Monday, May 19, 2014

Porcelain Half Dolls

Hello dear ones,

Today I'm sharing our little collection of porcelain half dolls, and here is a little bit of history about them which reached the height of their popularity between 1900 and 1930. The majority of these dolls were made in Germany, with some being produced in Italy, England, France, America and Japan. These early half dolls were expensive and considered an extravagant possession. In the 1920s, the dolls became more modern in appearance, displaying bobs and flapper attire. Later models did not possess the same quality of design, being mass produced and poorly glazed.



Half dolls were employed in a wide variety of uses in early 20th-century households.  Most commonly, the dolls functioned as pincushions, whisk brooms, bottle stoppers, lamp shades and powder puffs.  Other half dolls sported wide, flowing skirts that could cover teapots, toiletries or other objects.








Because half dolls were often sculpted without clothing, they also served as useful models for young ladies learning to sew. ehow.com










Have a lovely week!
XO

 






5 comments:

  1. Beautiful Wendy, your photo's are great. Love your blog.

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  2. Oh, how pretty, Wendy!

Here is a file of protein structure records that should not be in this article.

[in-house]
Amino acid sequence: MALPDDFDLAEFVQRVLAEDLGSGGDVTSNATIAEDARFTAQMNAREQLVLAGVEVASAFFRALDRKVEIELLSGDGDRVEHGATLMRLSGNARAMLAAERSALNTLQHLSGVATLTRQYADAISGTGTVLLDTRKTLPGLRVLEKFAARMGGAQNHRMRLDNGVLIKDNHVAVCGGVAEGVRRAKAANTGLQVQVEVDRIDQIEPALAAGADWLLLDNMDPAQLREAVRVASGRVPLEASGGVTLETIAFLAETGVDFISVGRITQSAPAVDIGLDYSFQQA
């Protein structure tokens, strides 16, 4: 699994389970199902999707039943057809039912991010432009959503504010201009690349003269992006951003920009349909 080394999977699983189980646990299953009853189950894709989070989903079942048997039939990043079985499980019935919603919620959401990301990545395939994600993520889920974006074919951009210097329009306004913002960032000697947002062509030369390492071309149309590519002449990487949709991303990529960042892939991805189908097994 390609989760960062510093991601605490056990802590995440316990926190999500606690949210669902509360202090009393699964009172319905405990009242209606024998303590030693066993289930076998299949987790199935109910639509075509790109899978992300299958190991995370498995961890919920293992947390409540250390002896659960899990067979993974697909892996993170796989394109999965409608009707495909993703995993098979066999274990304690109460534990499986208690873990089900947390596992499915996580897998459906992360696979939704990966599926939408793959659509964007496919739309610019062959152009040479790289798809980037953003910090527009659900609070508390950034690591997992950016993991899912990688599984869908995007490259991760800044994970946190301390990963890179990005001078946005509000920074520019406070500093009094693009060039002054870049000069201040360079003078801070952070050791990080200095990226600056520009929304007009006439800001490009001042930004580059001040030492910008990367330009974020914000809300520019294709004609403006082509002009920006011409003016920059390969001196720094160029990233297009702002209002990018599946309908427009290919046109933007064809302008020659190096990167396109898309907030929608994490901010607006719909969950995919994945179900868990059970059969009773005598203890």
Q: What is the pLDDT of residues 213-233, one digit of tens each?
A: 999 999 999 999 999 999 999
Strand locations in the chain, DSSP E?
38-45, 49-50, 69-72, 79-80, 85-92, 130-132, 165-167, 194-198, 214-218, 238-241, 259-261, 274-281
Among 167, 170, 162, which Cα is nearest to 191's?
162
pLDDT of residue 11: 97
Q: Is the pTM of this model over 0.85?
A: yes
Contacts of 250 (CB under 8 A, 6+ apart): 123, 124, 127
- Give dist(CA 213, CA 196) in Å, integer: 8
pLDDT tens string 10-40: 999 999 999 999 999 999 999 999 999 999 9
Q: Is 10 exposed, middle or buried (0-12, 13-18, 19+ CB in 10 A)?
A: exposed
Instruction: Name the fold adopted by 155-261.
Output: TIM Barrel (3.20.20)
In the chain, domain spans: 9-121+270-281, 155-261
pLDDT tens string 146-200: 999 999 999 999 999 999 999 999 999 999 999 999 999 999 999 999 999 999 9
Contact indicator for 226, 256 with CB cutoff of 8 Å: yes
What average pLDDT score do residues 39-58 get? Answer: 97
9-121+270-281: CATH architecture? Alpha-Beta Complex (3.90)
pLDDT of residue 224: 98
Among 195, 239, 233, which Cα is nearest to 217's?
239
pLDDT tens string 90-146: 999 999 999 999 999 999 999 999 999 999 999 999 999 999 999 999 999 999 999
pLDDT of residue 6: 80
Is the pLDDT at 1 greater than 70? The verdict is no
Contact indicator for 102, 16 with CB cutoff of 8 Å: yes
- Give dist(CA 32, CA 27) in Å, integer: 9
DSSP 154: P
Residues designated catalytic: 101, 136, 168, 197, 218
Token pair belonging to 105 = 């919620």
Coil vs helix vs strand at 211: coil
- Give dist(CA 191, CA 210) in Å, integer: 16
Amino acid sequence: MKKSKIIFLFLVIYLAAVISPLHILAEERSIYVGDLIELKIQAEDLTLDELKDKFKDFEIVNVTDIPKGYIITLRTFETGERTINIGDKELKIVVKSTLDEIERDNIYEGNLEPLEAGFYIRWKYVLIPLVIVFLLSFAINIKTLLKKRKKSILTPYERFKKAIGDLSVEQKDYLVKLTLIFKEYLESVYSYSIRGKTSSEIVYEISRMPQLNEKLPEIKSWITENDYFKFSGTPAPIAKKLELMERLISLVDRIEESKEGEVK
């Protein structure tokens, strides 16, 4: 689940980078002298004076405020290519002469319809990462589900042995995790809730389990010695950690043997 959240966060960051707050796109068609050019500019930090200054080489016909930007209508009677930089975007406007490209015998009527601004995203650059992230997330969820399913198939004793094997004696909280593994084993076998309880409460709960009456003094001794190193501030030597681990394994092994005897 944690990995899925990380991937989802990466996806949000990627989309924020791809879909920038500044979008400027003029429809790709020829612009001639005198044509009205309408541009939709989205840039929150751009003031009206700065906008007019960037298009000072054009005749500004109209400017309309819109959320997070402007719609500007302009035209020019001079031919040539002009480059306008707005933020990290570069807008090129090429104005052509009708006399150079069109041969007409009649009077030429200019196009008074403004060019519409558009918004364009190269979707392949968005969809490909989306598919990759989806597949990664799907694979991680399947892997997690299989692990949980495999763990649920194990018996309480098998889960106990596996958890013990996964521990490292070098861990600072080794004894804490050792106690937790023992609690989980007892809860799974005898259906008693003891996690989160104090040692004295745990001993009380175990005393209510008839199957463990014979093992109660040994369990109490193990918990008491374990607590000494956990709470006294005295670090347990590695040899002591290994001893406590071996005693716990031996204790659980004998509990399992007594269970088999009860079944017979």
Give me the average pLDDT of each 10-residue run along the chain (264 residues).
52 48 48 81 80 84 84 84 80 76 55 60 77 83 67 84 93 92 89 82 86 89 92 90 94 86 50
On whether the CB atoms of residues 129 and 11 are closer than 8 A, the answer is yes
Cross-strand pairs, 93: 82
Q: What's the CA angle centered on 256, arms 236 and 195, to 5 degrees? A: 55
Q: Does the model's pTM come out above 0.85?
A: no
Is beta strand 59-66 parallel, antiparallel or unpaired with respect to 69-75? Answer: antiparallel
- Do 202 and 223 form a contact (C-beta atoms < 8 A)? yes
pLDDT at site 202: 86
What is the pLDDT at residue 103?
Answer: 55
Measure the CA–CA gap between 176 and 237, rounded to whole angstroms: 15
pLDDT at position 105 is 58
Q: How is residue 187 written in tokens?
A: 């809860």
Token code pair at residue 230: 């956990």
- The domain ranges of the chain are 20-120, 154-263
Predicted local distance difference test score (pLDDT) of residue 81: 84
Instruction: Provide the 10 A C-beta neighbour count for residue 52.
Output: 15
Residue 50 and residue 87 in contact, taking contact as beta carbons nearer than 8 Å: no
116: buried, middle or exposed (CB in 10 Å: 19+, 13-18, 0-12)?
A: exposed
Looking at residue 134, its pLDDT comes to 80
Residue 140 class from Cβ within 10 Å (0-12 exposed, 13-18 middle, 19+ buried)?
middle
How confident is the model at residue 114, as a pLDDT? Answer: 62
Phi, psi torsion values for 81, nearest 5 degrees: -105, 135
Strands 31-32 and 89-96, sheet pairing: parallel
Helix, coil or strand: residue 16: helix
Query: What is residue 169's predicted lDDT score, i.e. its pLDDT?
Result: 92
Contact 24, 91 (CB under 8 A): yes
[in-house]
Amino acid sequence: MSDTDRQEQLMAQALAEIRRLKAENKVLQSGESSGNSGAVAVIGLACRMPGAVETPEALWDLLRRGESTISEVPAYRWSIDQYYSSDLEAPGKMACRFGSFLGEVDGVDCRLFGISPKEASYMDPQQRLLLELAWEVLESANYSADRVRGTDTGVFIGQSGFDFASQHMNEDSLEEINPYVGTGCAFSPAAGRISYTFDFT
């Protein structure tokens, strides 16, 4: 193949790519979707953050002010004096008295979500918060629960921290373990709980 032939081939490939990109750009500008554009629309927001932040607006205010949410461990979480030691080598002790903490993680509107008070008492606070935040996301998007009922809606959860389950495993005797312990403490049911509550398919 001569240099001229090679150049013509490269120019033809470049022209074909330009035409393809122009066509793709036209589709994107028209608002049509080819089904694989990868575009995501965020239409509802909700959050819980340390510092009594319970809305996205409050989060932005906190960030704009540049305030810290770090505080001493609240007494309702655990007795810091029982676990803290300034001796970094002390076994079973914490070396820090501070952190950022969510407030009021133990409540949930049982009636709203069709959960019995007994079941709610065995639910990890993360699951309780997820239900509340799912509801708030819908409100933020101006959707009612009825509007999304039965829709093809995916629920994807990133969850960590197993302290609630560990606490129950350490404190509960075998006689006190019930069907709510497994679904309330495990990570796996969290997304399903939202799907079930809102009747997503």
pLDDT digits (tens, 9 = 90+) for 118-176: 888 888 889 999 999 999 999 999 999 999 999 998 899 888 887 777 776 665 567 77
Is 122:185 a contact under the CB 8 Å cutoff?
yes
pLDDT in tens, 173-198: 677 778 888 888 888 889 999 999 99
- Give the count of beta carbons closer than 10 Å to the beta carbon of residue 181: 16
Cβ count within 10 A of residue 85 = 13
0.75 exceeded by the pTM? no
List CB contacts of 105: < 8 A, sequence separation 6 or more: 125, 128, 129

I never realized there were so many uses for these beautiful half dolls - love the ideas!

    I will keep my eyes open for them now.

    Enjoyed your Clare de Lune music, so serene and lovely.

    Have a wonderful day.

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  3. Wendy your collection of half dolls is impressive!
    Your photos are beautiful they pick up the true beauty of your dolls....


    Smiles~
    Mari

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  4. Thank you so for stopping by. The half dolls are pretty, I am sure my grandmother had them when I was young, she used to sew doll clothing. Have a wonderful weekend. Alaina

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  5. Dearest Wendy,
    What an interesting and informative post about half dolls!
    We are learning from each other by reading blogs like a great magazine.
    You have such a lovely cut-out embroidered table cloth. Great photos and romantic setting.
    Hugs to you,
    Mariette

    ReplyDelete

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